Try out the new BibleStudyTools.com. Click here!

Officer

Officer. [N]

It is obvious that most, if not all, of the Hebrew words rendered "officer" are either of an indefinite character or are synonymous terms for functionaries known under other and more specific names, as "scribe," "eunuch" etc. The two words so rendered in the New Testament denote --

  1. An inferior officer of a court of justice, a messenger or bailiff, like the Roman viator or lictor. ( Matthew 5:25 ; Acts 5:22 )
  2. Officers whose duty it was to register and collect fines imposed by courts of justice. ( Luke 12:58 )

[N] indicates this entry was also found in Nave's Topical Bible

Bibliography Information

Smith, William, Dr. "Entry for 'Officer'". "Smith's Bible Dictionary". . 1901.

OFFICER

of'-i-ser:

In the King James Version the term is employed to render different words denoting various officials, domestic, civil and military, such as caric, "eunuch," "minister of state" (Genesis 37:36); paqidh, "person in charge," "overseer" (Genesis 41:34); necibh, "stationed," "garrison," "prefect" (1 Kings 4:19); shoTer, "scribe" or "secretary" (perhaps arranger or organizer), then any official or overseer. In Esther 9:3 for the King James Version "officers of the king" the Revised Version (British and American) has (more literal) "they that did the king's business."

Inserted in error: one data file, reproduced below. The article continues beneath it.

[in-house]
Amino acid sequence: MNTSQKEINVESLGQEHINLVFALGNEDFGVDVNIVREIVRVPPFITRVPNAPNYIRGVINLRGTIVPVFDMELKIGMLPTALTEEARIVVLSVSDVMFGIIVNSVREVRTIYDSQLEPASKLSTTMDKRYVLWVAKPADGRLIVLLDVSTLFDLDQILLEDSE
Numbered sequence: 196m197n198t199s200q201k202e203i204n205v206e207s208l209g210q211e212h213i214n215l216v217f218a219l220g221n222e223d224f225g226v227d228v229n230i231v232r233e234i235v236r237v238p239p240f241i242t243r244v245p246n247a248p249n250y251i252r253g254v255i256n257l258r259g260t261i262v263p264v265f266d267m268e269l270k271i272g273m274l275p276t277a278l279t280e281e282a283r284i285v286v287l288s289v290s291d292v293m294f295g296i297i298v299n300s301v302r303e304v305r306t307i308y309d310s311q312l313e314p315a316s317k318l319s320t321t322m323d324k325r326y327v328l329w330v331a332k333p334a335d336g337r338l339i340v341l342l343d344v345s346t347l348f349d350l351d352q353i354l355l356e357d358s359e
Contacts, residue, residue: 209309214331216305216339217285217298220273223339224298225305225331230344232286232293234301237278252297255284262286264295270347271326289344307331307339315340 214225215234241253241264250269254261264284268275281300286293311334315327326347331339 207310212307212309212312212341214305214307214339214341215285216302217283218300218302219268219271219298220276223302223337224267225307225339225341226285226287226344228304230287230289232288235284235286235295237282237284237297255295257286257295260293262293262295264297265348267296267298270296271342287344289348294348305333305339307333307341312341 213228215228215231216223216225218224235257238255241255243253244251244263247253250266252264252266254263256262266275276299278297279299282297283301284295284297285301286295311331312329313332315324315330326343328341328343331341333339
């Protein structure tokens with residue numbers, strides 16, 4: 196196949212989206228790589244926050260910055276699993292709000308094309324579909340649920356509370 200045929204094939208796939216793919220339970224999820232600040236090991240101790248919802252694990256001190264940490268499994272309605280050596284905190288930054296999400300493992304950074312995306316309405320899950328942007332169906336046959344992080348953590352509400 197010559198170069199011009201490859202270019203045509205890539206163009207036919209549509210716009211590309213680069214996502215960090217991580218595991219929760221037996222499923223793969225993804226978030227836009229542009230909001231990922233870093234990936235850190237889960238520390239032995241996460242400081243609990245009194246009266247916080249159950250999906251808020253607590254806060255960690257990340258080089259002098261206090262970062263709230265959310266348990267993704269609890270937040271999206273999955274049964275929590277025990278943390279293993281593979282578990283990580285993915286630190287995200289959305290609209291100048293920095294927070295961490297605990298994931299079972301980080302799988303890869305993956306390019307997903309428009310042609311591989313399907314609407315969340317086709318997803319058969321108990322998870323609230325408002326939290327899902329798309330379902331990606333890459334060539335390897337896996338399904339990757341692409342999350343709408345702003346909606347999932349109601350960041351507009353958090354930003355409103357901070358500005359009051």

In the New Testament, "officer" generally corresponds to the Greek word huperetes, "servant," or any person in the employ of another. In Matthew 5:25 the term evidently means "bailiff" or exactor of the fine imposed by the magistrate, and corresponds to praktor, used in Luke 12:58.

T. Lewis


Copyright Statement
These files are public domain.

Bibliography Information
Orr, James, M.A., D.D. General Editor. "Entry for 'OFFICER'". "International Standard Bible Encyclopedia". 1915.